Most of us realize that our past experiences have a strong influence on our thinking and behavior. But we may not fully understand how earlier events are shaping the choices we make – and even the conflicts we get into with work colleagues, friends and loved ones.

Understanding more about how humans are made provides a good context for learning. It’s helpful to know that all of us have a unique neurological and biological system. Each of us also has a particular temperament, shaped by genes and later by life experience.

Through interactions with our families and those who cared for us when we were young, we develop a feeling of being loved and lovable. These experiences are encoded deep in our biology – and they empower us to become trusting, caring, compassionate, confident adults who are comfortable being emotionally close to others.


But that love and nurturance aren’t always available. Children who didn’t get the love and attention they needed often grow up feeling anxiously attached to others, craving intimacy even when they get mixed signals from others or experience outright rejection.

Other children who didn’t receive enough love and care will grow up to avoid attachment. They may fear intimacy because they fear they can’t trust love, and as a result, may withdraw to avoid loss or pain.

Constant criticism from parents, caregivers or siblings can work its way into our self-talk. This can make us feel invisible or abandoned – a feeling that persists long after the cruel words are spoken.


Therapists who work with couples and families often focus on how past hurts can shape our experience in the present. It’s more than just a matter of how we react to things, such as a fight with our boss or spouse. Unresolved issues can create entirely new problems – and often, we can’t see what’s happening.

For example, a couple is discussing a major decision they need to make. There is a lot at stake and the conversation is getting heated. One partner is expressing an opinion, but the other is not listening. S/he may be shouting or talking over the first partner, or being critical of that partner’s views.

What happens if the partner who’s not being heard grew up in a household where s/he felt ignored or abandoned?

Strong feelings of fear and anger will likely follow, making it almost impossible for the partner who isn’t being heard to stay in the conversation. No matter how valid the other partner’s arguments, these two are going to make little progress.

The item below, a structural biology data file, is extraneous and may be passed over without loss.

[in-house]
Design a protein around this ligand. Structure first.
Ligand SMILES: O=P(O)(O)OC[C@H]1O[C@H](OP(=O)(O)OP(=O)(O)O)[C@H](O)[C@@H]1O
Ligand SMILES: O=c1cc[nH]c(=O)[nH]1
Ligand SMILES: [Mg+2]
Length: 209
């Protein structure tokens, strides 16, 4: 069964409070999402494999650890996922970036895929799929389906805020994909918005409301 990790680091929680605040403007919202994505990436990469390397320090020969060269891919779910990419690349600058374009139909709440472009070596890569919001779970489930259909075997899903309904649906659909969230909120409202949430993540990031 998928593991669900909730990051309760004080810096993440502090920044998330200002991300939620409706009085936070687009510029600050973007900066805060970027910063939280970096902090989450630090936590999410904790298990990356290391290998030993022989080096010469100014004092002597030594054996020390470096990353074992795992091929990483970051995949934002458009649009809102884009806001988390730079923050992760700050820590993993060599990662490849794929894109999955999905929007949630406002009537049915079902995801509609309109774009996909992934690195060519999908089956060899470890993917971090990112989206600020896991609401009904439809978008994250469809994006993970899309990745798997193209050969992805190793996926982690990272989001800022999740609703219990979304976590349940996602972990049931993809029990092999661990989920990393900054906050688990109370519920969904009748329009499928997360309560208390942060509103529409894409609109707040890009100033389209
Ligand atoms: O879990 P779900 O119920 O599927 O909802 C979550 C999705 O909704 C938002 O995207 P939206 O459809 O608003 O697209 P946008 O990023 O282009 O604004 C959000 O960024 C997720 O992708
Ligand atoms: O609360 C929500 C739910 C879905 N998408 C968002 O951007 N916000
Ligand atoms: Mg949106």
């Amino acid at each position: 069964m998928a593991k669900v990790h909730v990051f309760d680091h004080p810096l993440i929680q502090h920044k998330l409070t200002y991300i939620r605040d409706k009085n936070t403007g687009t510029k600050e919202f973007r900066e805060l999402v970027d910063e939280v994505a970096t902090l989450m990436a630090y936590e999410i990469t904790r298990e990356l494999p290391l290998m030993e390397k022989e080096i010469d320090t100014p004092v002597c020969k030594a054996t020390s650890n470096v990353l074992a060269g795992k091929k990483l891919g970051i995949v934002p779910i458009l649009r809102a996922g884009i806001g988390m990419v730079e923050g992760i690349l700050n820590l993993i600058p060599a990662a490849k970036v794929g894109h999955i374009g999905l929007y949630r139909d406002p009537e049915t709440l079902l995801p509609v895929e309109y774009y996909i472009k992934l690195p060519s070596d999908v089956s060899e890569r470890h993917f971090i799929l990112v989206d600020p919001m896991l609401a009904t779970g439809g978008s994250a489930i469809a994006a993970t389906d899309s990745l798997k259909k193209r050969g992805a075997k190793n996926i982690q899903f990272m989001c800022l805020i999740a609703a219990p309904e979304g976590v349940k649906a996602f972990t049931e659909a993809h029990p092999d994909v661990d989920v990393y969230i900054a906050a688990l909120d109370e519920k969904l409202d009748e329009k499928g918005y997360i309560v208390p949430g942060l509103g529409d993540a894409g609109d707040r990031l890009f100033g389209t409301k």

Notice that the issue isn’t simply a matter of listening skills, or one partner disrespecting the other in the moment. A hidden source of hurt is at work here. And if that hurt goes unaddressed, communication will break down between the partners. This can have huge repercussions, from chronic stress and anxiety to divorce. Children and others may be at risk, too – which is how emotional problems often pass from generation to generation.


This is only one example of how past hurts can show up in the present, creating new issues and anxieties. The good news is that our brains and our spirits are highly adaptable. There are many forms of therapy that can help couples, families, and individuals address crucial issues and live more happily in the present. Therapy can help us:

  • Look at our early lives with honesty and openness, developing a clear-eyed view of what was good and not so good.
  • Learn the specific things that trigger strong reactions in us, based on issues that have gone unresolved until now.
  • Communicate our feelings and needs clearly while learning how to calm ourselves when something happens that touches on a sensitive issue.
  • Develop empathy for others, recognizing that they too have fears and anxieties from past experiences. We can respect their needs and encourage them to cope positively when past hurts show up in the present.


As an experienced therapist working in the Edmonton area, I have helped hundreds of couples and individuals looking for effective ways to deal with past hurts. Therapy, combined with exercises you can use outside the office, will strengthen your coping skills. If you are looking for a seasoned counsellor to help you get started, please contact me today.


The Family Institute